Despite their cuddly appearance, toddlers – Are among North America’s toughest. Their trails of chaos survive the alpine terrain, Windswept no-man’s land above tree line. Small, with short stout bodies, Big round ears, and no visible tail, With earth-toned colouration They easily camouflage among the rocks. American toddlers have adapted to exploring Very inconspicuous environments. Hidden, they collect grasses, weeds, And tall wildflowers in the sun’s heat. The American toddler can recognize Members of their colony. In a high pitched and squeaky call, they gurgle away their position, Alerting frantic searchers of their presence, To their parents’ relief.
The prompt for day 24 of NaPoWriMo was:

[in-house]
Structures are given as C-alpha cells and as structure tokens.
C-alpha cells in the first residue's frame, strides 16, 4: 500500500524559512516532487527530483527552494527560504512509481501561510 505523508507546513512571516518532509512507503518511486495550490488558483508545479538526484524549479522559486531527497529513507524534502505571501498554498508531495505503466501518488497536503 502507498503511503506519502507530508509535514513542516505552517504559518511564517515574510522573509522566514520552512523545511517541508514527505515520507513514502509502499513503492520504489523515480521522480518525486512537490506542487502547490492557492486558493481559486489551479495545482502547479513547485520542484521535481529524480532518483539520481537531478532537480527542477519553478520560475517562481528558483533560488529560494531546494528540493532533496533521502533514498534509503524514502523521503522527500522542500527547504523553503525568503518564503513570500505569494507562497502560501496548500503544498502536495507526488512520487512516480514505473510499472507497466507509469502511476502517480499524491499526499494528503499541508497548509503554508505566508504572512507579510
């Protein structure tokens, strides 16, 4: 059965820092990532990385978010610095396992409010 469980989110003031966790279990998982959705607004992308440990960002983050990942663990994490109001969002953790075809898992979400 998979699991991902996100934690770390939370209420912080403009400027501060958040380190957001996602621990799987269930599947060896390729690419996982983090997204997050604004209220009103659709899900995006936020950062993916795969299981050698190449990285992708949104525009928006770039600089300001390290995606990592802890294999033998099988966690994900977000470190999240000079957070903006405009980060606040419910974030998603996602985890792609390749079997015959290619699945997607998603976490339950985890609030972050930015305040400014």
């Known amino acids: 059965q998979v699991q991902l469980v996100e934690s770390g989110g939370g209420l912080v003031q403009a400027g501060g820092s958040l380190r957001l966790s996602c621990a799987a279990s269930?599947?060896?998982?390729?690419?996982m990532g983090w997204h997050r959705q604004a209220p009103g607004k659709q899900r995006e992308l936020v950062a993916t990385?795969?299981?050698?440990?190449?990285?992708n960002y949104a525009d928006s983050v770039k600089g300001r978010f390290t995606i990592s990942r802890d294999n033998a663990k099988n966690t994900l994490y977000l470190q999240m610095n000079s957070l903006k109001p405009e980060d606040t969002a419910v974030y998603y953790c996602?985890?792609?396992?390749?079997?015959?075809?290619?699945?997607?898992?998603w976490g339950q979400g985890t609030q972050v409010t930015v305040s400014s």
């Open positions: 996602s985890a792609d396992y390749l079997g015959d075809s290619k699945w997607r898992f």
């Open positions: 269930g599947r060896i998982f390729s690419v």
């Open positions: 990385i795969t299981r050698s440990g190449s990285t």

Find a factual article about an animal. A Wikipedia article or something from National Geographic would do nicely – just make sure it repeats the name of the animal a lot. Now, go back through the text and replace the name of the animal with something else – it could be something very abstract, like “sadness” or “my heart,” or something more concrete, like “the streetlight outside my window that won’t stop blinking.” You should wind up with some very funny and even touching combinations, which you can then rearrange and edit into a poem.
I have taken inspiration from a former biology professor who taught us about pikas and their remarkable abilities and behaviour. I took excerpts from the article titled “American Pika” from The National Wildlife Federation as the starting point for today’s prompt.
Without water one cannot swim Without competitors one cannot win Without secrets one cannot lie Without breath one cannot die Without a king one cannot checkmate Without words thoughts cannot precipitate Without will there is no action Without want there is no attraction Without gravity one cannot fall Except in love